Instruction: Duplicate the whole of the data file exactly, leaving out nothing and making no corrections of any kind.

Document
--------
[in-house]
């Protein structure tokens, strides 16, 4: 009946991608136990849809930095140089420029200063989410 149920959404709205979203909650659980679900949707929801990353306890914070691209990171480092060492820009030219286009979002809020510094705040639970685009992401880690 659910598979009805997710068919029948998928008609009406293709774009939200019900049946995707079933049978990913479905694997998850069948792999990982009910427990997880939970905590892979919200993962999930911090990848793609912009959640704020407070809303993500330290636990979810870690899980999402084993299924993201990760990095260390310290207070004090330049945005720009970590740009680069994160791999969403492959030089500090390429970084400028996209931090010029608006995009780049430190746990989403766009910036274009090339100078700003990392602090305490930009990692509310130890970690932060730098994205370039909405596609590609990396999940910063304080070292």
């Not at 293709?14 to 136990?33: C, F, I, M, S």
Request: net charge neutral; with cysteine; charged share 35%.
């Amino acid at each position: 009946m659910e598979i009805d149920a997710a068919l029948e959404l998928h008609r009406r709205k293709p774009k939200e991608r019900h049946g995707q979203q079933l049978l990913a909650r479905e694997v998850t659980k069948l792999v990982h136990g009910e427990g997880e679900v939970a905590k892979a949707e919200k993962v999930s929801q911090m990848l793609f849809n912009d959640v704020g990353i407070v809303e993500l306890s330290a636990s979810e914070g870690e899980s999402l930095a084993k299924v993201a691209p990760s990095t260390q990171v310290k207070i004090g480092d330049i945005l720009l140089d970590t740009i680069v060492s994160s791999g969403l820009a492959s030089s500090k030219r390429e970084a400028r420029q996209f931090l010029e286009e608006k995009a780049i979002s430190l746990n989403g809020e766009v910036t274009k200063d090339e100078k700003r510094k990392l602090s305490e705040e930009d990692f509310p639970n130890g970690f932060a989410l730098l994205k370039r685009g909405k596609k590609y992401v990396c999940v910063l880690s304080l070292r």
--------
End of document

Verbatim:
[in-house]
């Protein structure tokens, strides 16, 4: 009946991608136990849809930095140089420029200063989410 149920959404709205979203909650659980679900949707929801990353306890914070691209990171480092060492820009030219286009979002809020510094705040639970685009992401880690 659910598979009805997710068919029948998928008609009406293709774009939200019900049946995707079933049978990913479905694997998850069948792999990982009910427990997880939970905590892979919200993962999930911090990848793609912009959640704020407070809303993500330290636990979810870690899980999402084993299924993201990760990095260390310290207070004090330049945005720009970590740009680069994160791999969403492959030089500090390429970084400028996209931090010029608006995009780049430190746990989403766009910036274009090339100078700003990392602090305490930009990692509310130890970690932060730098994205370039909405596609590609990396999940910063304080070292």
């Not at 293709?14 to 136990?33: C, F, I, M, S």
Request: net charge neutral; with cysteine; charged share 35%.
């Amino acid at each position: 009946m659910e598979i009805d149920a997710a068919l029948e959404l998928h008609r009406r709205k293709p774009k939200e991608r019900h049946g995707q979203q079933l049978l990913a909650r479905e694997v998850t659980k069948l792999v990982h136990g009910e427990g997880e679900v939970a905590k892979a949707e919200k993962v999930s929801q911090m990848l793609f849809n912009d959640v704020g990353i407070v809303e993500l306890s330290a636990s979810e914070g870690e899980s999402l930095a084993k299924v993201a691209p990760s990095t260390q990171v310290k207070i004090g480092d330049i945005l720009l140089d970590t740009i680069v060492s994160s791999g969403l820009a492959s030089s500090k030219r390429e970084a400028r420029q996209f931090l010029e286009e608006k995009a780049i979002s430190l746990n989403g809020e766009v910036t274009k200063d090339e100078k700003r510094k990392l602090s305490e705040e930009d990692f509310p639970n130890g970690f932060a989410l730098l994205k370039r685009g909405k596609k590609y992401v990396c999940v910063l880690s304080l070292r």